Last night, Badger Army Ammunition Plant officials told the Town of Sumpter board that local dairy farmers, graziers, stables, and other farm operators would be expected to abandon their existing livestock wells and pay for water from the Army’s proposed municipal water system.

“We expect that farmers would get a bulk rate for water usage,” Army officials said. “We anticipate that farmers would pay a lower rate than homes.”

If approved, the military’s proposal could affect nearly 10,000 acres of agricultural land including the U.S. Dairy Forage Research Center farm which owns 2,006 acres in and near Badger. The farm currently houses about 700 dairy animals. The center has proposed building a new research facility on the west side of Badger which would increase its herd size to about 1,000 dairy animals.

Dairy Forage officials said that Army contractors recently asked them to calculate water usage rates for the farm. This number is pending however, on average, a commercial milking operation uses approximately 40 to 50 gallons per day per cow – this includes water used for cleaning parlors and equipment, cooling milk, and drinking.

Citizens for Safe Water Around Badger (CSWAB) is challenging the military to offer an alternative solution that protects drinking water while still continuing active cleanup of residual contamination that is affecting groundwater, surface water and wetlands.

As proposed, the completion of the proposed rural water system would prompt the phased shut down of a massive groundwater treatment system which uses carbon filtration to clean explosives and other toxins from groundwater before discharge to the Wisconsin River.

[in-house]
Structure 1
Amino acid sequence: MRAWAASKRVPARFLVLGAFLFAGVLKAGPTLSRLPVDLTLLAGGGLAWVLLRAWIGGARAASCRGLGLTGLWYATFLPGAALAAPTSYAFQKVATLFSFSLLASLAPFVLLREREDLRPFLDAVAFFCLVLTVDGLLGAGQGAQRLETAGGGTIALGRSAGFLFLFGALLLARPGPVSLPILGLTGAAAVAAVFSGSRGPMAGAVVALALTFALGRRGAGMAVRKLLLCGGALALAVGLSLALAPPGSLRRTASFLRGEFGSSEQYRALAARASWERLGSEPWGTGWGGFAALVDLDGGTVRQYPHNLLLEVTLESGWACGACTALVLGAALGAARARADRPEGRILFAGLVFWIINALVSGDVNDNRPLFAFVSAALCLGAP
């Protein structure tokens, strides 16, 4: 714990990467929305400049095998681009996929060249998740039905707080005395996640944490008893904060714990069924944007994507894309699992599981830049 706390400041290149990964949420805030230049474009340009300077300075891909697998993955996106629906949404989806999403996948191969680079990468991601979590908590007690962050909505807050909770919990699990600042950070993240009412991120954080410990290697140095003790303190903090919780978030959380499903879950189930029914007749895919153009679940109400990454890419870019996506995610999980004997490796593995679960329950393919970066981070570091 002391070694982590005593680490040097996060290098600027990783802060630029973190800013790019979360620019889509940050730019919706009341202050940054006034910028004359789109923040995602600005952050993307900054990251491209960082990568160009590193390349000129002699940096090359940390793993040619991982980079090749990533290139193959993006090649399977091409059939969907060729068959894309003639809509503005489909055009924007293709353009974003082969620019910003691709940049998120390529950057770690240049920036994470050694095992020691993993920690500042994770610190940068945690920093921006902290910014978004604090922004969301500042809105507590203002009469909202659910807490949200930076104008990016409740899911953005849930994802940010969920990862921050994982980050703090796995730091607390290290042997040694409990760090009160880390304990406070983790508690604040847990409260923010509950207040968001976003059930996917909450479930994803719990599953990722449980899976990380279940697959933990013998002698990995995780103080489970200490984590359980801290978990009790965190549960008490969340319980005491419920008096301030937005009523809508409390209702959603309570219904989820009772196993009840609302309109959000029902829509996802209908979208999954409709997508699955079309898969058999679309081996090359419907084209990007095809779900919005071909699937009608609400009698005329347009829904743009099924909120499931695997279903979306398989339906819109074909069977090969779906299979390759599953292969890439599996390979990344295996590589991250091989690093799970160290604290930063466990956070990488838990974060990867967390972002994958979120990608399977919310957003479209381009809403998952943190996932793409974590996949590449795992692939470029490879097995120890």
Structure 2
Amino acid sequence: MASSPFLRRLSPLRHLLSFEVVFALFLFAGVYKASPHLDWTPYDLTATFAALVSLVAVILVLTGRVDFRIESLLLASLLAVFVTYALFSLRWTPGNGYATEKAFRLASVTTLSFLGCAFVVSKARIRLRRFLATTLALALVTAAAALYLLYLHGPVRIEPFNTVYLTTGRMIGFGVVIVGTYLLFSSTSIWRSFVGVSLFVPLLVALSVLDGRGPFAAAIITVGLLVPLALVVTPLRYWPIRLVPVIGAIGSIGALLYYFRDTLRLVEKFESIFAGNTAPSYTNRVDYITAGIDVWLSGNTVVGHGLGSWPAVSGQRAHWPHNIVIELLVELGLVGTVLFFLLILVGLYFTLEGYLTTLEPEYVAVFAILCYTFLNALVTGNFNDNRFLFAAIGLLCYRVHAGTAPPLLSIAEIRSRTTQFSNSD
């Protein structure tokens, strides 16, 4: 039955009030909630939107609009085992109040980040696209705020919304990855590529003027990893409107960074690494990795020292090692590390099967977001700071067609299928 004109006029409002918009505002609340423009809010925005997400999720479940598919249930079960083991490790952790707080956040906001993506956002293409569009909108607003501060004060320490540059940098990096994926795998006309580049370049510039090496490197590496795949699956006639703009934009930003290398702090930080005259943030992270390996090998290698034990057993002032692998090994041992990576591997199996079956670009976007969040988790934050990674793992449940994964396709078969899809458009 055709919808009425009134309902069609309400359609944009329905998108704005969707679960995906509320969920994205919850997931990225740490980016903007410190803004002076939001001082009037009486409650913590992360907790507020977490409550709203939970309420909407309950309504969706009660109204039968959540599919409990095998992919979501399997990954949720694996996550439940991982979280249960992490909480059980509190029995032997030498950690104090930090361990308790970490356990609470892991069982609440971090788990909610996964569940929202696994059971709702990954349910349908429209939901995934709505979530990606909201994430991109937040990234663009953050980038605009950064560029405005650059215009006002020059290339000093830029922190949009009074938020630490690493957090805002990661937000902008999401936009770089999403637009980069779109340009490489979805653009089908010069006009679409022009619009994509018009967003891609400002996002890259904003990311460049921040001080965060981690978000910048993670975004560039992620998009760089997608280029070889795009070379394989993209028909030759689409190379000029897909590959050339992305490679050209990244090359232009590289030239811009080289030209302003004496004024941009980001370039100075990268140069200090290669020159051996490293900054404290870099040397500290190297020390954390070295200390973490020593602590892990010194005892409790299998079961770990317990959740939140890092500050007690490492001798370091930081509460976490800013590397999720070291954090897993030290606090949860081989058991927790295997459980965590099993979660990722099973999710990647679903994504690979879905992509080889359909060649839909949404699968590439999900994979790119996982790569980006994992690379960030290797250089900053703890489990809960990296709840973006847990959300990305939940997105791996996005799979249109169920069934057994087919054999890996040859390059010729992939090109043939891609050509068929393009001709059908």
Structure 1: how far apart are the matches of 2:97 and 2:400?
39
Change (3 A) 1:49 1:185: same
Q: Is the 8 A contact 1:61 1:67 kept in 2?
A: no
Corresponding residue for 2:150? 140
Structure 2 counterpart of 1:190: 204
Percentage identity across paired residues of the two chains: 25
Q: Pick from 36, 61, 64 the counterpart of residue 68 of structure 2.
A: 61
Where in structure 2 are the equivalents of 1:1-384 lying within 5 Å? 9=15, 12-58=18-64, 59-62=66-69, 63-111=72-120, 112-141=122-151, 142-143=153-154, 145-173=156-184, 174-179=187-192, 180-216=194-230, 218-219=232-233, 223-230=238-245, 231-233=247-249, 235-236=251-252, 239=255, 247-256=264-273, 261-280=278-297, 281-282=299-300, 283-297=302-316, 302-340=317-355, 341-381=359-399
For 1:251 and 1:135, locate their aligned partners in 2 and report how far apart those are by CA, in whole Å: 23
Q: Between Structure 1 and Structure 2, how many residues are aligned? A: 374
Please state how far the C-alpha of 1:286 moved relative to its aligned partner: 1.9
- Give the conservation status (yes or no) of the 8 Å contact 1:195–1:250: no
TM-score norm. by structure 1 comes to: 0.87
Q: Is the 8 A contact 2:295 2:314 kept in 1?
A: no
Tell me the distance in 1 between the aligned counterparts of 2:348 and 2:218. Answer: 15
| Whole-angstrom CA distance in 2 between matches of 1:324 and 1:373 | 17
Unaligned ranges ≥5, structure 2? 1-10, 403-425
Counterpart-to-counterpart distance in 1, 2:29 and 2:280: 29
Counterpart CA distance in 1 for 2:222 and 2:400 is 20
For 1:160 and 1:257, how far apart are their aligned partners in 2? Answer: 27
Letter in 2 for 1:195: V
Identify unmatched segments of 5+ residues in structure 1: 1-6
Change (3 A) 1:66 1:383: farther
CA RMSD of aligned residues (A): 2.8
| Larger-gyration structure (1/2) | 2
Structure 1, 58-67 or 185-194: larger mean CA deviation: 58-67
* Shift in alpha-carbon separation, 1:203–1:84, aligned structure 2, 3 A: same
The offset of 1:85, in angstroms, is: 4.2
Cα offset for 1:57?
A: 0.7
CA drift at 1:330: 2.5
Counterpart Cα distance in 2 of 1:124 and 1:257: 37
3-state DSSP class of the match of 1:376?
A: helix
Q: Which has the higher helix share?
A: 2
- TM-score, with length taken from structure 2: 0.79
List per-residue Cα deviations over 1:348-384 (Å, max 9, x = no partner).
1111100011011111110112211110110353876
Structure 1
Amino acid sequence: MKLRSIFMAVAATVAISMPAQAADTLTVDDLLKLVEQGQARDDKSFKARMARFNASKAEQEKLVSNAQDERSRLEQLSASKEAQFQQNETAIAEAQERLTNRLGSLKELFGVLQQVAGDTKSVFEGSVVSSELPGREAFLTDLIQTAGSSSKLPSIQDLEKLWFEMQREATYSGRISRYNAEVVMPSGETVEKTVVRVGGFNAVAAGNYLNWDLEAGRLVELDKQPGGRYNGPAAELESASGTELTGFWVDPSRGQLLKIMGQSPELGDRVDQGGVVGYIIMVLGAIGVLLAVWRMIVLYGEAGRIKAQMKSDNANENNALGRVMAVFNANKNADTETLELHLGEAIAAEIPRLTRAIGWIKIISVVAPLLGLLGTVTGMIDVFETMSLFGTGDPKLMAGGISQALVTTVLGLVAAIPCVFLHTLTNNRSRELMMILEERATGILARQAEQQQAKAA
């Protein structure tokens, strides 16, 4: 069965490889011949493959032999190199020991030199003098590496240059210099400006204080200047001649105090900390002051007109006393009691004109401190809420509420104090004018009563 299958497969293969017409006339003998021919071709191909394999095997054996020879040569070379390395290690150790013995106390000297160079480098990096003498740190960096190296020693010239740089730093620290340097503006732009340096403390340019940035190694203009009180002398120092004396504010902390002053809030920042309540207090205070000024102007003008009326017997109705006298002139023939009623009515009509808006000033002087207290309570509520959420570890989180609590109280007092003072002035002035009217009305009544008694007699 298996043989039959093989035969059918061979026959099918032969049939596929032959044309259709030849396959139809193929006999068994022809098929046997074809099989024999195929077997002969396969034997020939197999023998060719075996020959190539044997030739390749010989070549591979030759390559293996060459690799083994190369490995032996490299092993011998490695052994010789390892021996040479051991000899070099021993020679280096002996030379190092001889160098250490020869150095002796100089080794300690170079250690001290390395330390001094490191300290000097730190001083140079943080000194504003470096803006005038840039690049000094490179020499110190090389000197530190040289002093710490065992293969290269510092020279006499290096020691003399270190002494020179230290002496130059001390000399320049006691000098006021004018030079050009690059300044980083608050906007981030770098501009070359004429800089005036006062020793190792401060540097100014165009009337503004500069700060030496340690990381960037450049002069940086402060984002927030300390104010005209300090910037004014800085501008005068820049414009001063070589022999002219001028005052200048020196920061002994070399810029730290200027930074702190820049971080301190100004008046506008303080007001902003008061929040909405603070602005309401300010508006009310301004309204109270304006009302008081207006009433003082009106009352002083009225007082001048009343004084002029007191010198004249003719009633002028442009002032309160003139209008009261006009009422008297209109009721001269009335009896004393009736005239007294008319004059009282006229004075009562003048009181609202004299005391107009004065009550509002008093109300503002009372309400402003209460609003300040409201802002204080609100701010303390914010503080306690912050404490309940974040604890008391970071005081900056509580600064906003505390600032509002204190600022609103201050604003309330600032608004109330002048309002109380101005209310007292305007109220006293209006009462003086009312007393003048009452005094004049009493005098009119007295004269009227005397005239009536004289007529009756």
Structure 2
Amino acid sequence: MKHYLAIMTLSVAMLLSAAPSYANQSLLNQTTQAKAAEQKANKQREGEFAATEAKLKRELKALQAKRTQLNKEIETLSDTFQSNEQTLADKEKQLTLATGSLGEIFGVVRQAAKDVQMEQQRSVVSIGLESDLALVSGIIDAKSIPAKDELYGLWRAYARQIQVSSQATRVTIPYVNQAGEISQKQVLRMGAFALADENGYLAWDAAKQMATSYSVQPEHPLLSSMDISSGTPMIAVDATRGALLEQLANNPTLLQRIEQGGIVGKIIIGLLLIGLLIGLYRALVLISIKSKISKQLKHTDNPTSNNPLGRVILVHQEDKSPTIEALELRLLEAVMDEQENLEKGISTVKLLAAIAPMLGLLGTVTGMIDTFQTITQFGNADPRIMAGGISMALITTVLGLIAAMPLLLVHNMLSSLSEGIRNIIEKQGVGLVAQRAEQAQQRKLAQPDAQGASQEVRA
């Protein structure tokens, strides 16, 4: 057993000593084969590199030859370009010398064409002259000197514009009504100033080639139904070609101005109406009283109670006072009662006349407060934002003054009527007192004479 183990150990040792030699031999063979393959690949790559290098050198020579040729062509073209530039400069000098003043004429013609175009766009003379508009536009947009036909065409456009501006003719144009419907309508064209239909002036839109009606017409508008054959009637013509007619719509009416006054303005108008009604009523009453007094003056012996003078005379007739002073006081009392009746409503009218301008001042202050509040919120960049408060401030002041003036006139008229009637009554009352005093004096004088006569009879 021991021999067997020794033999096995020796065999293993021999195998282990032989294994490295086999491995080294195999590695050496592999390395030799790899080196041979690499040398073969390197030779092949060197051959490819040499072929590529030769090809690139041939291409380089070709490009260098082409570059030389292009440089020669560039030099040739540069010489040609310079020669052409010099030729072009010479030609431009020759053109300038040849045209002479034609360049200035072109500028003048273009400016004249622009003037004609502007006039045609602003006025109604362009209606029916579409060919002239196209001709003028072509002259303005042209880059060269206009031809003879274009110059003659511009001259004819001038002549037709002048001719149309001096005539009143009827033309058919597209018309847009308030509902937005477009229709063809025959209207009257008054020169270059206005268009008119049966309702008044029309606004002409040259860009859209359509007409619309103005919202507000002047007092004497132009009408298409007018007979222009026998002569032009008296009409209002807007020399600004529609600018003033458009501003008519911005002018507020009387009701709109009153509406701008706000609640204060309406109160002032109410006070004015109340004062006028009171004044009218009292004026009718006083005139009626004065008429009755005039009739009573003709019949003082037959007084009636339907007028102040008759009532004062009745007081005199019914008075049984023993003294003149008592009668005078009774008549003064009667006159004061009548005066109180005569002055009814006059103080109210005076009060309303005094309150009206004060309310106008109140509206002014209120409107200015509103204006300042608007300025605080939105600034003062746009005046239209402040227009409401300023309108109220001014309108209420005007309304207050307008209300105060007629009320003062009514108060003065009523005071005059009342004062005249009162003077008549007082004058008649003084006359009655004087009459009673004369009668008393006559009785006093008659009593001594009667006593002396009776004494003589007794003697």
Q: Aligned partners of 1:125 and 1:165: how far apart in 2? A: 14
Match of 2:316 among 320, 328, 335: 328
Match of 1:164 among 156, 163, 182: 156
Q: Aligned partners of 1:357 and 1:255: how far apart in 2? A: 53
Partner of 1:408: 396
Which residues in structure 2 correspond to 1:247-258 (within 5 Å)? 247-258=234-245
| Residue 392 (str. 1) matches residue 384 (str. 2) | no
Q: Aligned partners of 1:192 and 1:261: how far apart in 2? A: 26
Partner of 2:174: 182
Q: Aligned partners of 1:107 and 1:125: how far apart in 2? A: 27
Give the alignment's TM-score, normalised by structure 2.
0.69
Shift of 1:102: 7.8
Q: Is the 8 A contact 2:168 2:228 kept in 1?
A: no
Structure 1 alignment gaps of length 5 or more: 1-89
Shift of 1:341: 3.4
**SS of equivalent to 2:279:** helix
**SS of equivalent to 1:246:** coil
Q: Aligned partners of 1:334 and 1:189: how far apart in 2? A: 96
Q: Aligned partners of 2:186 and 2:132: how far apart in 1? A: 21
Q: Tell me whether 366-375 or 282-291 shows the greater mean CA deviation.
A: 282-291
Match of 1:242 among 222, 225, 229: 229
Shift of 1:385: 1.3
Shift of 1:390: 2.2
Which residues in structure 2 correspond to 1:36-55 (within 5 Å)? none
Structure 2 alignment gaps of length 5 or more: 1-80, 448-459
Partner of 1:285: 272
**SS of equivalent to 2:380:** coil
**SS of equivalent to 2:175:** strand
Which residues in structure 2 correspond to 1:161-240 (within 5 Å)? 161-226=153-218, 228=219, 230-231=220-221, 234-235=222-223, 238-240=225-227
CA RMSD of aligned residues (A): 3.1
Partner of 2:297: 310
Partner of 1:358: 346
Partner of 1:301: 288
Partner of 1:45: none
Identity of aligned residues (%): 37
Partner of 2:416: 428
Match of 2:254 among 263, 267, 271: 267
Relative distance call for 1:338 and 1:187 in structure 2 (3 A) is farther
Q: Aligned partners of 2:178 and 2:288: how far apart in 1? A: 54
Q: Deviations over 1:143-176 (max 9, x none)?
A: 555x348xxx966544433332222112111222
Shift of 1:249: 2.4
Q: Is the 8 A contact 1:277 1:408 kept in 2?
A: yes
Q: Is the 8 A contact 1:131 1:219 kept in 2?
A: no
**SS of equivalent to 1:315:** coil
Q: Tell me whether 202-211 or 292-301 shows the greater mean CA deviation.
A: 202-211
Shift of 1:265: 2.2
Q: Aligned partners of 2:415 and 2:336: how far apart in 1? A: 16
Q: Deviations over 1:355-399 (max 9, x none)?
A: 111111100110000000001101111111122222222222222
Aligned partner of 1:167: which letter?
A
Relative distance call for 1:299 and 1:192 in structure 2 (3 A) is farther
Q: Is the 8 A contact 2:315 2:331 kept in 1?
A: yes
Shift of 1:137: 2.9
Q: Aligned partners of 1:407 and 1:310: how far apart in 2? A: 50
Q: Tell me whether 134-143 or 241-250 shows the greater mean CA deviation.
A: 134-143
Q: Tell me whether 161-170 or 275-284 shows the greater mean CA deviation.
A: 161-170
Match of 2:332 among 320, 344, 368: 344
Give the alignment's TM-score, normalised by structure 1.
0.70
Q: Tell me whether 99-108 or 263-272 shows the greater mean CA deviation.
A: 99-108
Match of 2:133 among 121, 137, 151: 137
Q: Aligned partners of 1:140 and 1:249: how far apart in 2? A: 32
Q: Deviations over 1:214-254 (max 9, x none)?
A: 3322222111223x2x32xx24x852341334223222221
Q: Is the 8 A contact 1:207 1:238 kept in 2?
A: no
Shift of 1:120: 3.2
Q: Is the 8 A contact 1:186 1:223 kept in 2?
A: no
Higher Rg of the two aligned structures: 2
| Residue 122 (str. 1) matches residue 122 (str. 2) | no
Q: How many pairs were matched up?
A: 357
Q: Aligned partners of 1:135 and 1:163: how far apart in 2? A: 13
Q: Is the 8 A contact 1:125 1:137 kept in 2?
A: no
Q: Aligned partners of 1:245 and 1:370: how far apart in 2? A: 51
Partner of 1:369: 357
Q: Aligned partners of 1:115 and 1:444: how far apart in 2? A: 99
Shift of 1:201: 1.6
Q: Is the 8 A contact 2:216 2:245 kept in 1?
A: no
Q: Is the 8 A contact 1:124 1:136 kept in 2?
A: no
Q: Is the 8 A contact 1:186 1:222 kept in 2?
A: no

If municipal water is approved, the military will also not pursue a bioremediation project which uses naturally occurring microbes to degrade pollutants. A 2008 Army study found that this technology would be successful in reducing the toxicity and mobility of groundwater contaminants found at Badger.

The Army recently completed an Alternative Feasibility Study report which identifies municipal water as its preferred remedy for groundwater problems at Badger, having the lowest direct cost to the military. The report has been submitted to the Wisconsin Department of Natural Resources (WDNR) for review and possible approval.

A final determination by the WDNR is expected within the next 90 days; a formal public comment period will be held during this time. If approved, the next step would be the formation of a rural water district which will include parts of Sumpter, Prairie du Sac and Merrimac townships.